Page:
message 34: by Vincent (new)

Vincent (vpbrancato) | 834 comments HI Folks

I have started again the Federalist Papers - I note that the anti-Federalist writings appeared first (Bentley message 14) and I am curious if anyone knows if that spurred the efforts of Hamilton & colleagues or if the Federalist papers were planned already?

Also I wonder if Hamilton was not pretentious in his presentation but rather trying to set a platform to be convincing.

I do believe that if he saw flaws in the Constitution it was a "workable" platform unlike the AoC.


message 35: by Bentley, Group Founder, Leader, Chief (last edited Feb 08, 2011 08:15AM) (new)

Bentley | 28671 comments Hello Vince,

It is great to see that you have started the Federalist Papers again; our quest will take us awhile but who is in a rush.

Regarding Hamilton:

I think he had unbounded talent and ambition. But........

He was adored by his followers but by his enemies he was considered to be cocky, swaggering and conceited. He could never master being the smooth politician needed to hold a high office. Hamilton lived in a world of moral absolutes, and was not prone to compromise or consensus building. Washington and Jefferson talked about the hopes of ordinary people; Hamilton did not care about what really were the popular preferences. He also was probably too elitist to also ever be president nor did he have any profound sympathy with those who he would have led (the ordinary American people).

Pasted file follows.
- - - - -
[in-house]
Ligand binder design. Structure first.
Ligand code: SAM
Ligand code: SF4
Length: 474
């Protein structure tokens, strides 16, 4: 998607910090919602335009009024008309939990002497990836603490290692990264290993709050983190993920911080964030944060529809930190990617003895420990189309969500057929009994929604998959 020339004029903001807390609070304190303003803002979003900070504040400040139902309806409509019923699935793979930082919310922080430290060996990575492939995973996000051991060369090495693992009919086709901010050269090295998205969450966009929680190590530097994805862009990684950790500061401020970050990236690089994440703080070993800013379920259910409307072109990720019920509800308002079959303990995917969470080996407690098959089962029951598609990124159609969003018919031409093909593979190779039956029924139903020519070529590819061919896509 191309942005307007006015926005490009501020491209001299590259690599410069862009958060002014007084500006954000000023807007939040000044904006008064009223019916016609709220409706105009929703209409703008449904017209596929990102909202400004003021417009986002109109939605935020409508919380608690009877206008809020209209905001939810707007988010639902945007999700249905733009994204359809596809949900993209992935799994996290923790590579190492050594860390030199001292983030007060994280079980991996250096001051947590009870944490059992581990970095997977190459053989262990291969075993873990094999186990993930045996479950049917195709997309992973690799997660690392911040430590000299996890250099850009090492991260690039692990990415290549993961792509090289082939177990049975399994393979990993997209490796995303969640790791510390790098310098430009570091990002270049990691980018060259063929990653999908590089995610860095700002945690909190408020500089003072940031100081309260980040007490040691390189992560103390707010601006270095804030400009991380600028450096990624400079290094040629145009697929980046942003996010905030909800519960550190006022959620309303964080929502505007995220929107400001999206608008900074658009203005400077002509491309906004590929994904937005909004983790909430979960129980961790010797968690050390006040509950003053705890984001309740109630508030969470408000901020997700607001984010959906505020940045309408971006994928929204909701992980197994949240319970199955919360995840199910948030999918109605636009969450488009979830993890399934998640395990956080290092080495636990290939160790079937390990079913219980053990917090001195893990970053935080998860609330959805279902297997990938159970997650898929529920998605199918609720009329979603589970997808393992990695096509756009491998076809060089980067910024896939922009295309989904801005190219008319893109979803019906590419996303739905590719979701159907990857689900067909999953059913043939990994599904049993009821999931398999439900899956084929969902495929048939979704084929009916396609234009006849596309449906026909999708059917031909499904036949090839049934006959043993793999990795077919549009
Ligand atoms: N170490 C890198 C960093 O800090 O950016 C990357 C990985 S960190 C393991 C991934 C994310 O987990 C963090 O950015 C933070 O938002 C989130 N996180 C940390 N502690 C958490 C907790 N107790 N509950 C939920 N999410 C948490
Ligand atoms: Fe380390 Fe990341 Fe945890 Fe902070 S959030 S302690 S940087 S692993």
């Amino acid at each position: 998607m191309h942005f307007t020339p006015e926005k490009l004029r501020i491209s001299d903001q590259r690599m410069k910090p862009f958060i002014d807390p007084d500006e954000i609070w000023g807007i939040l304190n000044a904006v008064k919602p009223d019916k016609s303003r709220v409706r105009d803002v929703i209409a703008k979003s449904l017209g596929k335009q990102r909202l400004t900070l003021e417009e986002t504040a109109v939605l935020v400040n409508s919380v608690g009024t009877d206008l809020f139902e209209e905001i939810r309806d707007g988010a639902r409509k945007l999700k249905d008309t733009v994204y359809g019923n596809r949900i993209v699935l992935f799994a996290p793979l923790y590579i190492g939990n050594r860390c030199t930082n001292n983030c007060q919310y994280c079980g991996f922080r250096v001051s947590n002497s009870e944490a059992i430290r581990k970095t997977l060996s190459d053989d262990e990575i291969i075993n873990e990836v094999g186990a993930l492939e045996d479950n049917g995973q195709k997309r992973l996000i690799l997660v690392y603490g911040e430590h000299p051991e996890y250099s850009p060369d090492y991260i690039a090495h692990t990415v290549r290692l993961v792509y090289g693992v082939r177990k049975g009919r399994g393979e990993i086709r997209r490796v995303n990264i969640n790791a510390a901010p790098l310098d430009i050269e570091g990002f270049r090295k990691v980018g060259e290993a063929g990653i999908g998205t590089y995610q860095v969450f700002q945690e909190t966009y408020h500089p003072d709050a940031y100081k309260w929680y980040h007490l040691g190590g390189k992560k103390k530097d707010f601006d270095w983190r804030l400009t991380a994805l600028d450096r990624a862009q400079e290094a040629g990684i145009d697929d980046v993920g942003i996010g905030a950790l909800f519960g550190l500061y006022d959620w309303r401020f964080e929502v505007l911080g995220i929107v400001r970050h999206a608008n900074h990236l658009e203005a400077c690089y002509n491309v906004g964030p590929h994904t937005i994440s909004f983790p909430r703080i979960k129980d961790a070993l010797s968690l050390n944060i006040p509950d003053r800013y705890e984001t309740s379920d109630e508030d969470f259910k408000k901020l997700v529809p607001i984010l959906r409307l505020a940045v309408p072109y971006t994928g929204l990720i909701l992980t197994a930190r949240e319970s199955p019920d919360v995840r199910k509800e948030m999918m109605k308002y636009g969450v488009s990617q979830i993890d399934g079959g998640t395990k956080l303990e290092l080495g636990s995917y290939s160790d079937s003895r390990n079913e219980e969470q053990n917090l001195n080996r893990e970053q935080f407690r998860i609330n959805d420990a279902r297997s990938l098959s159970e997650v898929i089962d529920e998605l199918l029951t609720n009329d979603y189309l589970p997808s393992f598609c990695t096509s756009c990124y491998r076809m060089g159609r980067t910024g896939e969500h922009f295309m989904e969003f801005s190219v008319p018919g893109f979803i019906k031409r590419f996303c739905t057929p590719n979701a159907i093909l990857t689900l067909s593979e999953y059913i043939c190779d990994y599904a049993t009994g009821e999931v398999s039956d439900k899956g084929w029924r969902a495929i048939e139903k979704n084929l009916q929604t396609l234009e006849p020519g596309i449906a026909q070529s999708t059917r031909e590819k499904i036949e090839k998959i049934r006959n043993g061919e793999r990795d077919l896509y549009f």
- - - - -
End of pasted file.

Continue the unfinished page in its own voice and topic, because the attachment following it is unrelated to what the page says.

I think that Hamilton was brilliant and was convincing; but at the same time was also pretentious if that makes any sense.

Alexander Hamilton by Ron Chernow Ron ChernowRon Chernow

As far as flaws in the constitution, Hamilton knew that it was not perfect; but he also knew that it was far better for the country than the Articles of Confederation.


message 36: by Bentley, Group Founder, Leader, Chief (last edited Feb 08, 2011 07:45AM) (new)

Bentley | 28671 comments This was an excerpt from message 14 - Vince. But it was Elizabeth S's interpretation which I moved from the mixed up thread which had all of the papers jumbled up to individual threads - one for each paper which I think is working out a whole lot better from what I can see.

This is what Elizabeth said: (in italics)